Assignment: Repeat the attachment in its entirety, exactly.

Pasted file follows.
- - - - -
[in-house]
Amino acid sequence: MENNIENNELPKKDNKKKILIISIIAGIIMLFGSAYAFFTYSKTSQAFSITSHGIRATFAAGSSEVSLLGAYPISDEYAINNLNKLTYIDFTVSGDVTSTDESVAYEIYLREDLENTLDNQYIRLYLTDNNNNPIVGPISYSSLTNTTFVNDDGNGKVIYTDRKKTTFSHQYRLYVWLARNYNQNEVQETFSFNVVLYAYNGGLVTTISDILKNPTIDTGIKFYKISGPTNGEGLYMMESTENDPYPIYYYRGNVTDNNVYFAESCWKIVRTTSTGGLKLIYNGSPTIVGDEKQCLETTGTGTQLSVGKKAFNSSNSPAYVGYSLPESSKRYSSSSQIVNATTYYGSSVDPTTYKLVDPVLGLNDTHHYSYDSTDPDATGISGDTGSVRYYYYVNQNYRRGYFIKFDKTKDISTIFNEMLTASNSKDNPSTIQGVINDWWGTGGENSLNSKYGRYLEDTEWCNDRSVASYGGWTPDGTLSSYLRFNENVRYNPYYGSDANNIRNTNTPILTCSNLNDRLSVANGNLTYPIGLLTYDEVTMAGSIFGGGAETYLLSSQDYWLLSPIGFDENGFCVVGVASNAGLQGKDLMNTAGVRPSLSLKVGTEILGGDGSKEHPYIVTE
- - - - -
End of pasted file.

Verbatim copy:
[in-house]
Amino acid sequence: MENNIENNELPKKDNKKKILIISIIAGIIMLFGSAYAFFTYSKTSQAFSITSHGIRATFAAGSSEVSLLGAYPISDEYAINNLNKLTYIDFTVSGDVTSTDESVAYEIYLREDLENTLDNQYIRLYLTDNNNNPIVGPISYSSLTNTTFVNDDGNGKVIYTDRKKTTFSHQYRLYVWLARNYNQNEVQETFSFNVVLYAYNGGLVTTISDILKNPTIDTGIKFYKISGPTNGEGLYMMESTENDPYPIYYYRGNVTDNNVYFAESCWKIVRTTSTGGLKLIYNGSPTIVGDEKQCLETTGTGTQLSVGKKAFNSSNSPAYVGYSLPESSKRYSSSSQIVNATTYYGSSVDPTTYKLVDPVLGLNDTHHYSYDSTDPDATGISGDTGSVRYYYYVNQNYRRGYFIKFDKTKDISTIFNEMLTASNSKDNPSTIQGVINDWWGTGGENSLNSKYGRYLEDTEWCNDRSVASYGGWTPDGTLSSYLRFNENVRYNPYYGSDANNIRNTNTPILTCSNLNDRLSVANGNLTYPIGLLTYDEVTMAGSIFGGGAETYLLSSQDYWLLSPIGFDENGFCVVGVASNAGLQGKDLMNTAGVRPSLSLKVGTEILGGDGSKEHPYIVTE